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William Addison, 1933-2008 Print E-mail
November 11, 2008
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IM John Donaldson with William Addison in 2007
International Master William G. Addison passed away on October 29, 2008. The following remembrances show that he will be sorely missed.

According to Chess Personalia, which I so kindly received from Walter Shipman many years ago, William Grady Addison was born in Baton Rouge, Louisiana on November 28th 1933. He always seemed in my mind so young in spirit that I always assumed he was younger than I. I was sad that a Chess Master of such remarkable skills had so abruptly ceased playing the game. But being a man of high integrity, he surely did much good in the life he chose. I am most sad at the announcement of his death. Everyone who knew the gentleman needed to see him if but one more time. He was born in the Depression at the start of the Roosevelt Era and lived to see the start of the Second Great Depression. He died on the Anniversary of that Great Depression. His life was decorated with Book Ends. He must have known the squeeze of suffering. Yet, he demonstrated a medicinal wit that assisted those he met to travel over the bumps of life's rocky road. I cannot imagine who more deserves to be in a better place. To say more would be superfluous- GM William Lombardy

  William Addison came to San Francisco in the early 1950s after growing up in Baton Rouge and serving in the US military. He was a low expert when he arrived but in the next 15 years he developed into one of the strongest players in the United States. William Adddison served as the Mechanics Chess Director in the late 1960s and was the first international player to develop at the Mechanics. He played in about a half dozen US Championships in the 1960s finishing as high as second which qualified him for the 1970 Interzonal in Palma. Bill played on two US Oympiad teams including the one with Fischer that won the silver medal at Havana 1966. (Ed. Note- See Addison's results  including 7.5/9 in the 1974 Tel Aviv Olympiad  on olimpbase.com. )   He retired from tournament play in the early 1970s to go into the banking business just as he was on the verge of becoming a GM (his last FIDE rating was his peak at 2490). I only met him once but we corresponded frequently last year. He was a very nice man – IM John Donaldson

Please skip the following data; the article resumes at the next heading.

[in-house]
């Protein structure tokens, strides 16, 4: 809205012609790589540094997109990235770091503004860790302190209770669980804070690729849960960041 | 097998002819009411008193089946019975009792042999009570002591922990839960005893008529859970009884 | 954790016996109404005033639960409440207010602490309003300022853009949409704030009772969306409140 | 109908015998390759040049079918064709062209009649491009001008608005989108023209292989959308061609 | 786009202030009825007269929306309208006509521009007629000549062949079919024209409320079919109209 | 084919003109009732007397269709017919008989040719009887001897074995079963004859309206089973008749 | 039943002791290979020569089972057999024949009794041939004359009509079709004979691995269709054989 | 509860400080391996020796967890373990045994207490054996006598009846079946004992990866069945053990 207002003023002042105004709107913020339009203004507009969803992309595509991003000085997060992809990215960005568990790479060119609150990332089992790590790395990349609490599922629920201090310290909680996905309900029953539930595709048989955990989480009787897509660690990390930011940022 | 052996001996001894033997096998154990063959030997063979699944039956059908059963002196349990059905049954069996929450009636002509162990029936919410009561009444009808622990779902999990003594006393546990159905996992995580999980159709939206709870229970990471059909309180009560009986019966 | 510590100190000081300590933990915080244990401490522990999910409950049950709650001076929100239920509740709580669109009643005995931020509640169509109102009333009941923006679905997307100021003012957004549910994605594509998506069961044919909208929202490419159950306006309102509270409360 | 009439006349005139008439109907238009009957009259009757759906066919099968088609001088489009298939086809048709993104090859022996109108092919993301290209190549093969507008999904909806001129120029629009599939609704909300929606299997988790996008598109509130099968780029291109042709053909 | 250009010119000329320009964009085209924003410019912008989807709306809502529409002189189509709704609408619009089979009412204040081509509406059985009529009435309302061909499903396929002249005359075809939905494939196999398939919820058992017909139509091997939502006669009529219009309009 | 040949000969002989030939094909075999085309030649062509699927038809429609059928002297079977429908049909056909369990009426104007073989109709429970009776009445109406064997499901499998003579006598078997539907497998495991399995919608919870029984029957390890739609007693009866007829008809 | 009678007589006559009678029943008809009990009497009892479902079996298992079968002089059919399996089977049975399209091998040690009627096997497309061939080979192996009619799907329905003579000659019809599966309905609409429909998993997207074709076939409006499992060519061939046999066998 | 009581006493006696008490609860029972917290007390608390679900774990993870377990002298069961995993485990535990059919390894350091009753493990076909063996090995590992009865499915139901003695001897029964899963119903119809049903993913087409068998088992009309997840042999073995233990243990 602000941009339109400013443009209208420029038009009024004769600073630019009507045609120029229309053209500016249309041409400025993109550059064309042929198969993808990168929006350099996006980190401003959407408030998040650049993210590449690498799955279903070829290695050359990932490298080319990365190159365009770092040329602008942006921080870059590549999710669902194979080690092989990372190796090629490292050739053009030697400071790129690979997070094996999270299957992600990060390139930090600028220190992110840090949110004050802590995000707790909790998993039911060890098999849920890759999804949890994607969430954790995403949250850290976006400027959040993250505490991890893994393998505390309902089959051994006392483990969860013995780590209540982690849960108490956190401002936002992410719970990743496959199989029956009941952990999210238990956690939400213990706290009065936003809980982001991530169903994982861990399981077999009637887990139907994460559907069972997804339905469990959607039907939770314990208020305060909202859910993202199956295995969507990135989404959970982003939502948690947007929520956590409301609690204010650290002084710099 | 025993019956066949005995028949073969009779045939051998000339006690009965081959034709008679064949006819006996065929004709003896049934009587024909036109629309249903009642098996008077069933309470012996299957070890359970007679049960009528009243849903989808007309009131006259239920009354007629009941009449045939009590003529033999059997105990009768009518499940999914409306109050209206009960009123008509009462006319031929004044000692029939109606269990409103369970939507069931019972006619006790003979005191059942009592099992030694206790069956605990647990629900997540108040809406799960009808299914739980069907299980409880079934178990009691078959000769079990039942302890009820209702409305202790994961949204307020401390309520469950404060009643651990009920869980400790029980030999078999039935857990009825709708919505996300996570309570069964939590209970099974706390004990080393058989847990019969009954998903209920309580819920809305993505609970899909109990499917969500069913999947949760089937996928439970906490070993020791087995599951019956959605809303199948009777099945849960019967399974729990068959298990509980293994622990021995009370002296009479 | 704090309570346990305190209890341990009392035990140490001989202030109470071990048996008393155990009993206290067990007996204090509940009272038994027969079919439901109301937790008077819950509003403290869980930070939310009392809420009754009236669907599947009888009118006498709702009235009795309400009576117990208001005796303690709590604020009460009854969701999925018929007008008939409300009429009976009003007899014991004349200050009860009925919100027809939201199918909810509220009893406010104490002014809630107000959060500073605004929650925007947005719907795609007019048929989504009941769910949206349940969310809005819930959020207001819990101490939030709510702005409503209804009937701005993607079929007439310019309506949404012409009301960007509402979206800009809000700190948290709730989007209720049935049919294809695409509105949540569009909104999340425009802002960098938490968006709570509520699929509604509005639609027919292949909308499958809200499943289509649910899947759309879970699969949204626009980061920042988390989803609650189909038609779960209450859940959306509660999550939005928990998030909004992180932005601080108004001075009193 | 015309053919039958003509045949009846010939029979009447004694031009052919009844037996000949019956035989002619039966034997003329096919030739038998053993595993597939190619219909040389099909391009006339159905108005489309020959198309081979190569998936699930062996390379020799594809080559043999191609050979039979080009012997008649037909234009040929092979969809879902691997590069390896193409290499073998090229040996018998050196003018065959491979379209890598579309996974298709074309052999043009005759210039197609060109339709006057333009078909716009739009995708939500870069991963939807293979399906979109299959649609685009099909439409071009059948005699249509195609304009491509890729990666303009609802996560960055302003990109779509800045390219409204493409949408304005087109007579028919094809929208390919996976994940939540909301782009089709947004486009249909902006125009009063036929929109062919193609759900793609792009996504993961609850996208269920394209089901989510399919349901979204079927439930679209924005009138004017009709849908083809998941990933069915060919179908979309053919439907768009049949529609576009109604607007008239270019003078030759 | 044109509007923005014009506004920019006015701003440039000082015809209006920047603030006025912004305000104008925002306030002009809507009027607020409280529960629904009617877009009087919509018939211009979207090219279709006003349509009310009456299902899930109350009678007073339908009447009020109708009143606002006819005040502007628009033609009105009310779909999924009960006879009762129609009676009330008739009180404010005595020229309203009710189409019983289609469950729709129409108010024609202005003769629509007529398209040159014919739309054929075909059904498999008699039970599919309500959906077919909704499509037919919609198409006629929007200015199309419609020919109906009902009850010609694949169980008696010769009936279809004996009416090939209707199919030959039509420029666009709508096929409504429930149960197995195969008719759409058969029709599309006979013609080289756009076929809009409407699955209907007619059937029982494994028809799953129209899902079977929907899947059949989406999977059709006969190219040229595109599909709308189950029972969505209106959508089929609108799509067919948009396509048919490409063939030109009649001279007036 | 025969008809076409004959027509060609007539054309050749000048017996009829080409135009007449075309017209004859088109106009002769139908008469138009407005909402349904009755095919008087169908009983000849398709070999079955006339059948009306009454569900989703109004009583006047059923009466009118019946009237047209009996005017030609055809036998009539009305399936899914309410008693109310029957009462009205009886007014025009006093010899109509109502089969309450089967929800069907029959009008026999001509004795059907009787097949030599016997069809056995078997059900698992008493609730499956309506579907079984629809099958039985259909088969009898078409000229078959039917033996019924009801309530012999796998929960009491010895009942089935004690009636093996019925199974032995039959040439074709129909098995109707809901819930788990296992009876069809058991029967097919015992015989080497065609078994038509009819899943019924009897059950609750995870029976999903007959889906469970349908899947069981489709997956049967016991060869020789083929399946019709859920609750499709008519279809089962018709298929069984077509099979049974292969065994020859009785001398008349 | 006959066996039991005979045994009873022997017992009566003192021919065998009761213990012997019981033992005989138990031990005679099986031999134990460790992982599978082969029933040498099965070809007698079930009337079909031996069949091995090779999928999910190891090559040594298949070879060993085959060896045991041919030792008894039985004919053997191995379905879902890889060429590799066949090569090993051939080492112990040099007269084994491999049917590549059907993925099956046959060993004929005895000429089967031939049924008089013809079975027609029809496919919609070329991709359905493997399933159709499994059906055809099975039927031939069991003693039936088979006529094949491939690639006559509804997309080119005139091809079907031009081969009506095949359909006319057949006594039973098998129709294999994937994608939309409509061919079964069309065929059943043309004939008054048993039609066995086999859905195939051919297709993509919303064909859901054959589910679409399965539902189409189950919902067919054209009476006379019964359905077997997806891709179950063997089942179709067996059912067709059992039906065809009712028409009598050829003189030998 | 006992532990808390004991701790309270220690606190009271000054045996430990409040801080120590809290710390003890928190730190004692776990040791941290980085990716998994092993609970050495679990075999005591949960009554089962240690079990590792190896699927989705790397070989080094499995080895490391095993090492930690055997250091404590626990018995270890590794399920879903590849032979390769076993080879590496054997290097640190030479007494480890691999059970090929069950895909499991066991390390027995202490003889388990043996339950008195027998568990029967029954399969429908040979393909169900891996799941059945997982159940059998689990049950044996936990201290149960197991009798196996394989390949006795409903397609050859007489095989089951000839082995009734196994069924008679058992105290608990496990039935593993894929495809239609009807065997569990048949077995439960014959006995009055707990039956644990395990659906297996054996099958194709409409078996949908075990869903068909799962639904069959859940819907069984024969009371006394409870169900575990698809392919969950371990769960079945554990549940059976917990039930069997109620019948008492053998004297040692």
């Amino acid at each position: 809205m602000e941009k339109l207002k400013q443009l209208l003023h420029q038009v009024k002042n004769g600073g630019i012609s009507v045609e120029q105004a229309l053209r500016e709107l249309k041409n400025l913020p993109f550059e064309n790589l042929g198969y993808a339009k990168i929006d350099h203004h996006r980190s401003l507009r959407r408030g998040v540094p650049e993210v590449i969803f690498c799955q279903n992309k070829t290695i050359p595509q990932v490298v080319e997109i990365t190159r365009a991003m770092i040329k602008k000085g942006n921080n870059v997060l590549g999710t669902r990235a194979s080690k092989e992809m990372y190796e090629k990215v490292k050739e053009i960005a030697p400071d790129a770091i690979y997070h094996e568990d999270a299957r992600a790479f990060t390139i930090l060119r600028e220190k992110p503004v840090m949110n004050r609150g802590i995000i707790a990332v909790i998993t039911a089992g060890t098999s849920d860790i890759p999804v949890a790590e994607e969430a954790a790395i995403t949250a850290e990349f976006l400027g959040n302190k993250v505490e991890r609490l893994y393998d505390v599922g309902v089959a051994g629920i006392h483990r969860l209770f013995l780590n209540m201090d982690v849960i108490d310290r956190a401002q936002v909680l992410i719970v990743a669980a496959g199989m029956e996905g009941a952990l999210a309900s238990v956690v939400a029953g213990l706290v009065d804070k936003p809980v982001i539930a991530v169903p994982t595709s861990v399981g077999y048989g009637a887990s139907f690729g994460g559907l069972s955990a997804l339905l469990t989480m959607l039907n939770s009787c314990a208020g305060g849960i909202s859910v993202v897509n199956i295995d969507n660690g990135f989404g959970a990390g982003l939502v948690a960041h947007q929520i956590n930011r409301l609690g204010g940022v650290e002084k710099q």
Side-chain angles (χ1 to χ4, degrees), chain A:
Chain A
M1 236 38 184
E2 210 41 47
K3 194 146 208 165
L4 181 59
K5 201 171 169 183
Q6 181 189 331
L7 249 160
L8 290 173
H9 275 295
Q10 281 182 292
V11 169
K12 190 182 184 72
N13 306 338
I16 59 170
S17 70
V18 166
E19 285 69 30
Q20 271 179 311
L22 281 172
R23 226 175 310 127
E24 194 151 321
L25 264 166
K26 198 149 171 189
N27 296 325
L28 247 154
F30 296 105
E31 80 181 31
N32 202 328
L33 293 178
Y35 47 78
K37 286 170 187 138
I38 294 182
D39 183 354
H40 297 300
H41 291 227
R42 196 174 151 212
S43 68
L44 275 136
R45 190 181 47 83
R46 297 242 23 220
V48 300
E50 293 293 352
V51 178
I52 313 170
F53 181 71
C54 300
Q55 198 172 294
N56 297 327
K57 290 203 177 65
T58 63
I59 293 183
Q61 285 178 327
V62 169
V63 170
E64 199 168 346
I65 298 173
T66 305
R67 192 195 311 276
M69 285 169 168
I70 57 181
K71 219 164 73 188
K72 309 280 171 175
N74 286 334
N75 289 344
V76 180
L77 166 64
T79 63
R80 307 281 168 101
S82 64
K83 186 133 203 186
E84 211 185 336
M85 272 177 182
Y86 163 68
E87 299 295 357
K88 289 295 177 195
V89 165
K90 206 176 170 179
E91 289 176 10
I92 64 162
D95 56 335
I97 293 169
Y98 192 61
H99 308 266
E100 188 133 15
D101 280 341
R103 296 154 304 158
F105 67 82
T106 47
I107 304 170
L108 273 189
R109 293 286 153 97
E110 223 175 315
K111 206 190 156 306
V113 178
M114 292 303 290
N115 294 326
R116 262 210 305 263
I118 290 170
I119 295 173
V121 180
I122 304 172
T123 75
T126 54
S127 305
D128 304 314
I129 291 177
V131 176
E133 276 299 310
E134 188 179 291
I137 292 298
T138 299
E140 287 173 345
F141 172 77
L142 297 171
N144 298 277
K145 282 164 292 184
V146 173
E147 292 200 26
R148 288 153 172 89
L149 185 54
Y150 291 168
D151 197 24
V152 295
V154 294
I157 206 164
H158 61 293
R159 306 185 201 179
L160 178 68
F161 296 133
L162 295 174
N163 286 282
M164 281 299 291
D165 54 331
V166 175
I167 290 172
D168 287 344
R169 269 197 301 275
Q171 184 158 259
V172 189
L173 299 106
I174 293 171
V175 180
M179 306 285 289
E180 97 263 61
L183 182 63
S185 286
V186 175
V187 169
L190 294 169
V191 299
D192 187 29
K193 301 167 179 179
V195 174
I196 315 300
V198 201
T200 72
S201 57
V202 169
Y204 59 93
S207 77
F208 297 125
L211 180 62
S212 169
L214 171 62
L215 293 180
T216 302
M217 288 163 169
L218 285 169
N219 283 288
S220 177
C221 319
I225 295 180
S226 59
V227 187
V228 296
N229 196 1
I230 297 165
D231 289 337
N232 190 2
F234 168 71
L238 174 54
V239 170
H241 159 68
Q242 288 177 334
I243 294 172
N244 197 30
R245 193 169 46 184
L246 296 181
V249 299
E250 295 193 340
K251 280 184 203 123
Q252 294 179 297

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Bill Addison was a model of what a chess master should be. Yes, I well remember when he came to the Koenig Memorial last year. He regaled us with stories of the old days...His description of Kurt Bendit was a priceless tribute. And he was clearly following the international scene. But he was so vigorous, so animated that day that I can't believe he can be gone. I can say quite honestly that there is no person I have ever played -- and I played against him often in 1953-1969 -- that made such an impression on me and brought so much enjoyment, win or lose, from the experience- Bob Burger

Addison Game selection

The following selection includes two of Addison's games against Fischer, and wins against some of the top American players of his day such as Lombardy and Reshevsky. When going over Addison's games this morning, I was taken by the excitement of many of his contests, and I urge readers to seek out more- Jennifer Shahade
 











 
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